well done guys , truly one hell of journey , fab pics , just want do it myself one day ....... soooo impressed .
monty that's cool. those are my spares and will leave them like they are.
i am enjoying your RR, reminds me of a lot of places i travelled. i grew up in metro manila and the rural areas get mucky after a typhoon.tic the weather and landscapes are pretty much identical.
as far as the people, the same, the locals are friendly and curious to see outsiders. most of those poor people have good hearts.
thanks for the slipping and sliding tour....
love to see more....
I have to say, the refit that Monty did to the AT made a huge difference on weight. The braking was much more responsive, and the rally faring and cockpit displays awesome. Plus, it looked sharp! Started me thinking about similar upgrades to my bike, which is pretty much stock now. May happen yet (but don't tell my wife).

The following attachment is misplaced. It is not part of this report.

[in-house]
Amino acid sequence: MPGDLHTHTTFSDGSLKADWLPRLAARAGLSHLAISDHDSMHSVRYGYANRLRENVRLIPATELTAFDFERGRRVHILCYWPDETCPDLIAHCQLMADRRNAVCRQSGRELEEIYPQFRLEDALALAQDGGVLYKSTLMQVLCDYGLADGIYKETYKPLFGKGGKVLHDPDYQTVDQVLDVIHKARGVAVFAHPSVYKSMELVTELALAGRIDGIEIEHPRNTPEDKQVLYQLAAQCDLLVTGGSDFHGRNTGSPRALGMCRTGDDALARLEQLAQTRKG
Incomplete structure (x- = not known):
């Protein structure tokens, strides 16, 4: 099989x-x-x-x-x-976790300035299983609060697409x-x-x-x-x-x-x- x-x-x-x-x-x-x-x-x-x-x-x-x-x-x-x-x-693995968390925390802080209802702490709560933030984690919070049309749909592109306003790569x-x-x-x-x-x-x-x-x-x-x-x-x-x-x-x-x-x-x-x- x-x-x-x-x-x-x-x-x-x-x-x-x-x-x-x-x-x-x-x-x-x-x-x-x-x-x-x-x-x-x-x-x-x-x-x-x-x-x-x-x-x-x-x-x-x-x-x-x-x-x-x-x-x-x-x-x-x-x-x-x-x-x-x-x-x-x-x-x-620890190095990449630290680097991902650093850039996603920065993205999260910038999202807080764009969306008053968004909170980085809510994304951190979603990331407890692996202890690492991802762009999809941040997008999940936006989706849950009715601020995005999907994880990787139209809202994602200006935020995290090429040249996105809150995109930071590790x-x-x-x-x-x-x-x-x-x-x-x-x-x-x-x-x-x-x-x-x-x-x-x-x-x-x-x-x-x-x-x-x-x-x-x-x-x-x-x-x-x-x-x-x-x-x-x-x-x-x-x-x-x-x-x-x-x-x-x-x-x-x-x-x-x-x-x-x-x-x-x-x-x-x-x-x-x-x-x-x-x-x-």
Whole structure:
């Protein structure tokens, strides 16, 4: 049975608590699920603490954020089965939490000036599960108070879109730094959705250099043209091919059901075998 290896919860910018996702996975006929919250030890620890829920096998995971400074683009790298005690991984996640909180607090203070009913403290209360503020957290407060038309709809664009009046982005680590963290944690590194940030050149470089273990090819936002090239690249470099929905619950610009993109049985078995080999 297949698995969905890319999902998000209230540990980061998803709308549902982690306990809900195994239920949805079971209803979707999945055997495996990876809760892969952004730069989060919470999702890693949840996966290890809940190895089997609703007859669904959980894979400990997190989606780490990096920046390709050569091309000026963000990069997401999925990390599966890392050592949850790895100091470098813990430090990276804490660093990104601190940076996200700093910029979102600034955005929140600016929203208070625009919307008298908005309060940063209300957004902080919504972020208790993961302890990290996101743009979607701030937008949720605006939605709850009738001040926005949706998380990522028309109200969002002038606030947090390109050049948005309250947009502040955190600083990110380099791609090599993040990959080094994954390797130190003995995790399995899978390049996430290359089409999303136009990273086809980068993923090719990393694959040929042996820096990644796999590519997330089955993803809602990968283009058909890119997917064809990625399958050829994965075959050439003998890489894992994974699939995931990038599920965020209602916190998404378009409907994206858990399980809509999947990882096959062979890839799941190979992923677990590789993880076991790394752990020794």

Amazing adventure, and that bike looks mint.. how big was the weight drop compared to yours bike Mike?
It was a great moment indeed. I think we'll be loaded down with reading glasses on our next ride as giveaways. We had a few other villagers ask for them but we couldn't help them out.
Where are you planning on riding in Indo ? Let me know if you need any help or info concerning your trip.
The people in Flores really were amazing. The highlight of the trip for me.
I go over to Cebu for business sometimes and always think to myself I should rent a bike for a few days and go and explore. Never got around to it yet. One day.
More slipping and sliding on the way
Cheers ! Unfortunatly my bike does not look quite so mint anymore
I estimate by removing all of the OEM front end my bike lost about 15 to 20 kg. Stormforce8 does that sound about right ? It was considerable what ever the exact figure and transforms the bike as we've said.
The original RD07 weighs 205 kg dry so I guess my starting weight was somewhere around 190kg. Mikes RD04 210 kg.
Both bikes take 23 litres of fuel , 3 litres of engine oil and 2 litres of coolant, so there's an additional 22 kg or so.
We then had about 45kg to 50 kg of gear, tools, water & food each, figure also dependent on how much red wine remained at anyone time.
The weigh in figures with a full fuel tank are therefore approximately
RD07 260 kg
RD04 280 kg
I wake to the sound of Mike chatting to a local and the throbbing of my toe.
Sunrise isn’t very spectacular as the skies are still fairly overcast unfortunately.